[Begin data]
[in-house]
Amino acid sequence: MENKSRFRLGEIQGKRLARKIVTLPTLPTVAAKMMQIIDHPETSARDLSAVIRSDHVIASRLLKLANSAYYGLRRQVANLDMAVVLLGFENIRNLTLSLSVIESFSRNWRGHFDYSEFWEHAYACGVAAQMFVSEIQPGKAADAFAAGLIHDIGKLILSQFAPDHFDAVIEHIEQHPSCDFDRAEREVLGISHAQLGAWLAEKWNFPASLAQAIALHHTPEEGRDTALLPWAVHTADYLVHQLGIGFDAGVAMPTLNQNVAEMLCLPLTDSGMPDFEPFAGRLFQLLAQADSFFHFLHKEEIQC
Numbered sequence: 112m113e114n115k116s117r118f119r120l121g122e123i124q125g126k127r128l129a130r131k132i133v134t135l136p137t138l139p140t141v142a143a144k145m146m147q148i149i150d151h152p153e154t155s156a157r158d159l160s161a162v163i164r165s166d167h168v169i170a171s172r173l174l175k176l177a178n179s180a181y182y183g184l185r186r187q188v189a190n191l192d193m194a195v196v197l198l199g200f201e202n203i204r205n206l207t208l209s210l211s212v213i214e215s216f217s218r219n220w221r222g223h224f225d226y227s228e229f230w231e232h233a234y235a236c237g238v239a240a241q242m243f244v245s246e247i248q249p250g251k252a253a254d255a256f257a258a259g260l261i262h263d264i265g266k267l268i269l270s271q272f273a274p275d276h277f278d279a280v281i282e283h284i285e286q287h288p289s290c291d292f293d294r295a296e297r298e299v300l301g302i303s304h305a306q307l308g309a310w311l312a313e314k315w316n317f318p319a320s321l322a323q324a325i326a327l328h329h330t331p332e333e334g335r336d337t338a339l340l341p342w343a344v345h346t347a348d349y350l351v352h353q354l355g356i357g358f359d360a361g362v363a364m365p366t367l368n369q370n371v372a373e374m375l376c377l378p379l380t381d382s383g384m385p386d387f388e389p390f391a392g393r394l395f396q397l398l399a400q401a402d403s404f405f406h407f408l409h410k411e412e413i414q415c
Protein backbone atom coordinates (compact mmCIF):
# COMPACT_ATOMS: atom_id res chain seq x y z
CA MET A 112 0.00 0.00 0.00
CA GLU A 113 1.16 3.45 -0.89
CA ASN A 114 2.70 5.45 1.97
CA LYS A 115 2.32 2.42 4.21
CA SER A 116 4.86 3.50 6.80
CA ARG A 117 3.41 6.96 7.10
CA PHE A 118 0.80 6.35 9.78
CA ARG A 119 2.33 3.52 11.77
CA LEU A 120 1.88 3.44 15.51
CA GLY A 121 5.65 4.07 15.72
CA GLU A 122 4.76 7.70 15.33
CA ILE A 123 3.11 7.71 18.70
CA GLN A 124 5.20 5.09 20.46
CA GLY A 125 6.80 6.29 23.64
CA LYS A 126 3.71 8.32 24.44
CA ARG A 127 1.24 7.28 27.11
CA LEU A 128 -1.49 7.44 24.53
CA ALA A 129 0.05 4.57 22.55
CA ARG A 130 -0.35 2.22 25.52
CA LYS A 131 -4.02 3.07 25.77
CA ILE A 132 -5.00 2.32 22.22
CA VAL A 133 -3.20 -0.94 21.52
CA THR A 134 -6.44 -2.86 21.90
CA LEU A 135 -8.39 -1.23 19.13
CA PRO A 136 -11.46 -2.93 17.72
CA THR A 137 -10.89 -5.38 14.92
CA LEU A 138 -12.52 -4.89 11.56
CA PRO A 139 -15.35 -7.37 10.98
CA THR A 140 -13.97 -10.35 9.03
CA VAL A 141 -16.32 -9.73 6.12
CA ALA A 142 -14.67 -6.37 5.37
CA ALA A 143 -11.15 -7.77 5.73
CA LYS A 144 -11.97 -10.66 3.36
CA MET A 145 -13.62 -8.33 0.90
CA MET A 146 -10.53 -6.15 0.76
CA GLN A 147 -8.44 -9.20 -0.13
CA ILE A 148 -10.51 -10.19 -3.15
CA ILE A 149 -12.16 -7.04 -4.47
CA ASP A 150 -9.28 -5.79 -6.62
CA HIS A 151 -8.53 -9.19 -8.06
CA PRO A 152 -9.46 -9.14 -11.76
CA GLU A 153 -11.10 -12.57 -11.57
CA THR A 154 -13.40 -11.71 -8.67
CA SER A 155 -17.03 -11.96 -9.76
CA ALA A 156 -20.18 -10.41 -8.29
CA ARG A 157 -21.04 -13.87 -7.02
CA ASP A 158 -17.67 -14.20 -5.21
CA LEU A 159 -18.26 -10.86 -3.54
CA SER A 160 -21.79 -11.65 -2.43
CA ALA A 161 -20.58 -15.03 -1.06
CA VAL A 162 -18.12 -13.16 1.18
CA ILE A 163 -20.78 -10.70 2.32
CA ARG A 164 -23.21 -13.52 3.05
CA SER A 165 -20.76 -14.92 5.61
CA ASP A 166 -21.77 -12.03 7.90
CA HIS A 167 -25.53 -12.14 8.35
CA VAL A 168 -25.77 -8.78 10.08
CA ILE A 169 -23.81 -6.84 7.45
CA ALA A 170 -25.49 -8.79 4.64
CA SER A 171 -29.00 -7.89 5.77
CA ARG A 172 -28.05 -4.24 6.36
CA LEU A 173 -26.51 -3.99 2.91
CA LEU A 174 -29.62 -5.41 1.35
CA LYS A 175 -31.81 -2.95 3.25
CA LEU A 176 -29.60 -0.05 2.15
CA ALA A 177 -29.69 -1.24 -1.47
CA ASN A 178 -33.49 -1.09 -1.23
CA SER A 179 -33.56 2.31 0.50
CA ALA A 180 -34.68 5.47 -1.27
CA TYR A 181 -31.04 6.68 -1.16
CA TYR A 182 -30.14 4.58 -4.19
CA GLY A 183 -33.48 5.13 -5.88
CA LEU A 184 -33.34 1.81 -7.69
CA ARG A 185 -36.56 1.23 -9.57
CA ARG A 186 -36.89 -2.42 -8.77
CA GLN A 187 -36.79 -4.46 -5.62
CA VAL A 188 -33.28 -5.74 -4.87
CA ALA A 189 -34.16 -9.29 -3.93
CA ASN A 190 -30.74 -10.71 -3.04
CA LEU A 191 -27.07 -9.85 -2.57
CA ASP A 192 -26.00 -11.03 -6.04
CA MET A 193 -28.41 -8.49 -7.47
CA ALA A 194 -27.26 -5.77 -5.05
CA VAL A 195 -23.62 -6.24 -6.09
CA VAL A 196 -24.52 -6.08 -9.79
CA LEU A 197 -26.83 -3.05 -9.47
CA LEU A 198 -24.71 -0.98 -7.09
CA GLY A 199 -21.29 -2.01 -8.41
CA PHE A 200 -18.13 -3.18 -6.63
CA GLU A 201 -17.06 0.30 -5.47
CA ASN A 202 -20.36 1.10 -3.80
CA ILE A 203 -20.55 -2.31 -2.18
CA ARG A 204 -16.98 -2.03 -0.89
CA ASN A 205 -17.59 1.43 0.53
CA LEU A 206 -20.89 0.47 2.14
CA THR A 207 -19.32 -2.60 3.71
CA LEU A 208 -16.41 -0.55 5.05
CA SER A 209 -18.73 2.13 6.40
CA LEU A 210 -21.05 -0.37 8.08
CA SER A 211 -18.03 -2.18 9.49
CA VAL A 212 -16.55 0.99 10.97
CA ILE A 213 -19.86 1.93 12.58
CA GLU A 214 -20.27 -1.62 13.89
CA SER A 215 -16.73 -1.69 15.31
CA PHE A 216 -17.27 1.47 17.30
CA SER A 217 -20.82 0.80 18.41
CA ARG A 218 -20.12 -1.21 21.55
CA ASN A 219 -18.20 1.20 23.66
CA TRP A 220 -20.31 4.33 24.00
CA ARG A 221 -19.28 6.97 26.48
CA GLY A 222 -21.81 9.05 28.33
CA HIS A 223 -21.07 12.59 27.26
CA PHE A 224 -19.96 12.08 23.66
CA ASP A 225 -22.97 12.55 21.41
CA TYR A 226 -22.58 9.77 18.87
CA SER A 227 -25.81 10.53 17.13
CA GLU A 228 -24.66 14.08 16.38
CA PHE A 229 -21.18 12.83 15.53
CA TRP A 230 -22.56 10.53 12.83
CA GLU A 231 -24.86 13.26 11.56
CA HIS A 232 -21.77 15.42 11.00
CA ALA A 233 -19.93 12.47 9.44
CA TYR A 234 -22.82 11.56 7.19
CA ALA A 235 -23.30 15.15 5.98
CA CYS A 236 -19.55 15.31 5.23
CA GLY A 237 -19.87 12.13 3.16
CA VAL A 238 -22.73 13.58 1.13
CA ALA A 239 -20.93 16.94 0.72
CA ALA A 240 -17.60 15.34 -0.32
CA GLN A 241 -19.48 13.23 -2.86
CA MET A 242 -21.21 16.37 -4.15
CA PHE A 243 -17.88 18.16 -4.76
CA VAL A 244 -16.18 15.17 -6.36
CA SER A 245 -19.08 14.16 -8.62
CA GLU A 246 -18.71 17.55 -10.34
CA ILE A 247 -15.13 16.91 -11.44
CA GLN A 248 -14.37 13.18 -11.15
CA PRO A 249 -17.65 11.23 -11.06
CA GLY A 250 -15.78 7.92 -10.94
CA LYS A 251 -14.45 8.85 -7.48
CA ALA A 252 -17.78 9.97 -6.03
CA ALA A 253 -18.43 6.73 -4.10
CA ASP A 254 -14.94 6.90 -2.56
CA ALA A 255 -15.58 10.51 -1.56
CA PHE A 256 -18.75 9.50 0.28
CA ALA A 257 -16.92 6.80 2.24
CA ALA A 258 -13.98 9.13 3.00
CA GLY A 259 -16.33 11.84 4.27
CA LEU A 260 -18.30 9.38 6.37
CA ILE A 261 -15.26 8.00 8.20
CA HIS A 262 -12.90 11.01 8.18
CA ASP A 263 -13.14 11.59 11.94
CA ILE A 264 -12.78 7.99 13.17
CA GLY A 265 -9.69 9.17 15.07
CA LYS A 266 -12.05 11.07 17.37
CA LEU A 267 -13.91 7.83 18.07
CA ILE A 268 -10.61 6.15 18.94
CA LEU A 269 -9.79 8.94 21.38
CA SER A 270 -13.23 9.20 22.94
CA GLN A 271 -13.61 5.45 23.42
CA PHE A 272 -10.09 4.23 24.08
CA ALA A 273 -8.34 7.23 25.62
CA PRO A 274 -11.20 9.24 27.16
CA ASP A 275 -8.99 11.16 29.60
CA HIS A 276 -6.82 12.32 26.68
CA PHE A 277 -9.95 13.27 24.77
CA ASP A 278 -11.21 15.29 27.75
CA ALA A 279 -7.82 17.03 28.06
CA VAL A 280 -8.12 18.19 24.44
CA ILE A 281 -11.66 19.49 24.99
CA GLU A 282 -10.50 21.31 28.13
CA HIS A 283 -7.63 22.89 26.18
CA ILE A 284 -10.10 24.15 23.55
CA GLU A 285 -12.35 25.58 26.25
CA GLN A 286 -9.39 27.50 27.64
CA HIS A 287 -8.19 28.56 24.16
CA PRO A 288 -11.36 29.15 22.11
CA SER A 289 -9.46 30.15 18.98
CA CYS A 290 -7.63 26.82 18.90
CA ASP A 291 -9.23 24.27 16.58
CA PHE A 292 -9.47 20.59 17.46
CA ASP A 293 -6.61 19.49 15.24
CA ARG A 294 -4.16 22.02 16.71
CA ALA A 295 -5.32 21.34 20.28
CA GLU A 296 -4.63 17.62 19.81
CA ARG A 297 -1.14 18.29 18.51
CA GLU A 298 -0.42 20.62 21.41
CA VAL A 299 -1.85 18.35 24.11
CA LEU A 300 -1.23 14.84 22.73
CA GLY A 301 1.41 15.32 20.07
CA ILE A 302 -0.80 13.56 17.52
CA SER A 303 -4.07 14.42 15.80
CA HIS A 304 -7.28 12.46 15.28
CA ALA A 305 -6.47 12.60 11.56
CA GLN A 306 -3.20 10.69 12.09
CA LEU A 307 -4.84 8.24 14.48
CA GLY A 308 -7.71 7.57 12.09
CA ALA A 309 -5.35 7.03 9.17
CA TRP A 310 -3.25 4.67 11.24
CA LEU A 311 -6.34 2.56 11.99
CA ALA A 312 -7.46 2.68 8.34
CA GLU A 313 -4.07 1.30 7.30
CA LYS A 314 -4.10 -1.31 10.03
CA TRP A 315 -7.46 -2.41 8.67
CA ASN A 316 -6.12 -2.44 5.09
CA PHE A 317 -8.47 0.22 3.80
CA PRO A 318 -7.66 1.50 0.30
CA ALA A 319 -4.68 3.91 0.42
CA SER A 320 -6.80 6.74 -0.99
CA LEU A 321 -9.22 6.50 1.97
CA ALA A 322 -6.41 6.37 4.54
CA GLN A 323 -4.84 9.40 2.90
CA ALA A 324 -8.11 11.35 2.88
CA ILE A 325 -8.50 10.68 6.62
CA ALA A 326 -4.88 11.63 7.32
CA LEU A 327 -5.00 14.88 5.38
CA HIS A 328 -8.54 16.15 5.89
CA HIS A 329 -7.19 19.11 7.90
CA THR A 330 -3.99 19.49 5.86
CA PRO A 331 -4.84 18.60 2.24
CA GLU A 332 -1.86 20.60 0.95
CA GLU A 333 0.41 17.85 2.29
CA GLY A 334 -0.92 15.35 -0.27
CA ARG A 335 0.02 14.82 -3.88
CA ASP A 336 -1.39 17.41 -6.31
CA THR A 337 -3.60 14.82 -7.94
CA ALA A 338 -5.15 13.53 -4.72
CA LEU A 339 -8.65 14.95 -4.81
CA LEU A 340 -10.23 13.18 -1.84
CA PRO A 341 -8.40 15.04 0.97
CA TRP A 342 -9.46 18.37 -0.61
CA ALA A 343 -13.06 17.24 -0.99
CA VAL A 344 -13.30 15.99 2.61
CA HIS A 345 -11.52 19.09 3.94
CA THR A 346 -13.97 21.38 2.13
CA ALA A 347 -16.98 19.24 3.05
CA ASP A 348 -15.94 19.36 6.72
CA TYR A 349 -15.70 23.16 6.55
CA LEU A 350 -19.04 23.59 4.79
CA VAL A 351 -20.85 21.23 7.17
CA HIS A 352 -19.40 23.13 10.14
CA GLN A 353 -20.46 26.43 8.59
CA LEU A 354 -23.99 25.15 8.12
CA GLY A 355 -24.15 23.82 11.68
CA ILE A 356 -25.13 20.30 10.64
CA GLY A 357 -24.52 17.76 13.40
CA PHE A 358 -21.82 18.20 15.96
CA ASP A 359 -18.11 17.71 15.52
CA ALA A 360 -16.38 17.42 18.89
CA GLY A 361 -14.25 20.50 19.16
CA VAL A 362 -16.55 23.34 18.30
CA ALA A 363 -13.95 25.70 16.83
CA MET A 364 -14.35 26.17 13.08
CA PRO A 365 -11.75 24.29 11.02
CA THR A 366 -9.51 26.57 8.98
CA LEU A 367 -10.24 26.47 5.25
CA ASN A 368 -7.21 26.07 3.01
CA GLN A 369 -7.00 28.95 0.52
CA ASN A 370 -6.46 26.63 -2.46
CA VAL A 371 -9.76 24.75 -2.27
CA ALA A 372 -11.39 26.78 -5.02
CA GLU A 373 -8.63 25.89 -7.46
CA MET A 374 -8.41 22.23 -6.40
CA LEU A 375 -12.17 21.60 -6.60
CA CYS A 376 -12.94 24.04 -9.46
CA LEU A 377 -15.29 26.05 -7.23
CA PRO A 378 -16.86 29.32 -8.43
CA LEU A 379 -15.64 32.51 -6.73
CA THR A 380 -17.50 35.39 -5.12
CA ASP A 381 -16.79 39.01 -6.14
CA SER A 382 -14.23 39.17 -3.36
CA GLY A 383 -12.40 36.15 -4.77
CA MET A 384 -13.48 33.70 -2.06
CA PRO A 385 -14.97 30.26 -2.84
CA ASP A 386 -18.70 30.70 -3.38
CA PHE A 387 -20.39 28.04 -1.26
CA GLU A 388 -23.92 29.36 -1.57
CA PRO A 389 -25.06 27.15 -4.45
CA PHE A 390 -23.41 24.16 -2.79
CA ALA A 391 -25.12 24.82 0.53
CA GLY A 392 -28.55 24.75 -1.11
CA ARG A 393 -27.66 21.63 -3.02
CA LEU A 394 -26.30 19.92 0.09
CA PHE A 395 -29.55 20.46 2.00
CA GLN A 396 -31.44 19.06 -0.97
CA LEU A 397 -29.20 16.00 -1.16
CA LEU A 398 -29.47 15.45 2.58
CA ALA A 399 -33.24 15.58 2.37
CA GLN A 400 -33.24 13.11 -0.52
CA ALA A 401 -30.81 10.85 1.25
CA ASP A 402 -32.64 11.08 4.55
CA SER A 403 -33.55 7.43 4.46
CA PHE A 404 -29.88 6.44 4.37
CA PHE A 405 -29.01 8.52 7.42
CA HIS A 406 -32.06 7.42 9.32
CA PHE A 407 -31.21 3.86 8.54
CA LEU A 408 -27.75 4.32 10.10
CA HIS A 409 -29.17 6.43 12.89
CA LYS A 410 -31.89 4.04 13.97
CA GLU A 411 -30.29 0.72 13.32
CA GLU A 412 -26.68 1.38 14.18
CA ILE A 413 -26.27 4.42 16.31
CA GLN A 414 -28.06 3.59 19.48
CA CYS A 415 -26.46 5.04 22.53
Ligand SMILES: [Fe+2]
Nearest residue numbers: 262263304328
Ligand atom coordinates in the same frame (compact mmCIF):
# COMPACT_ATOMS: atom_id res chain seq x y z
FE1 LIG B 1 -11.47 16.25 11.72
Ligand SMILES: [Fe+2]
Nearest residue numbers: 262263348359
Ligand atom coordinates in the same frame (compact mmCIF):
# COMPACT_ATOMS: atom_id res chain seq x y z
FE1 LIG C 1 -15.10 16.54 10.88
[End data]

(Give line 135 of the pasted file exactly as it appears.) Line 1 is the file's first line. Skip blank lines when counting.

CA GLN A 241 -19.48 13.23 -2.86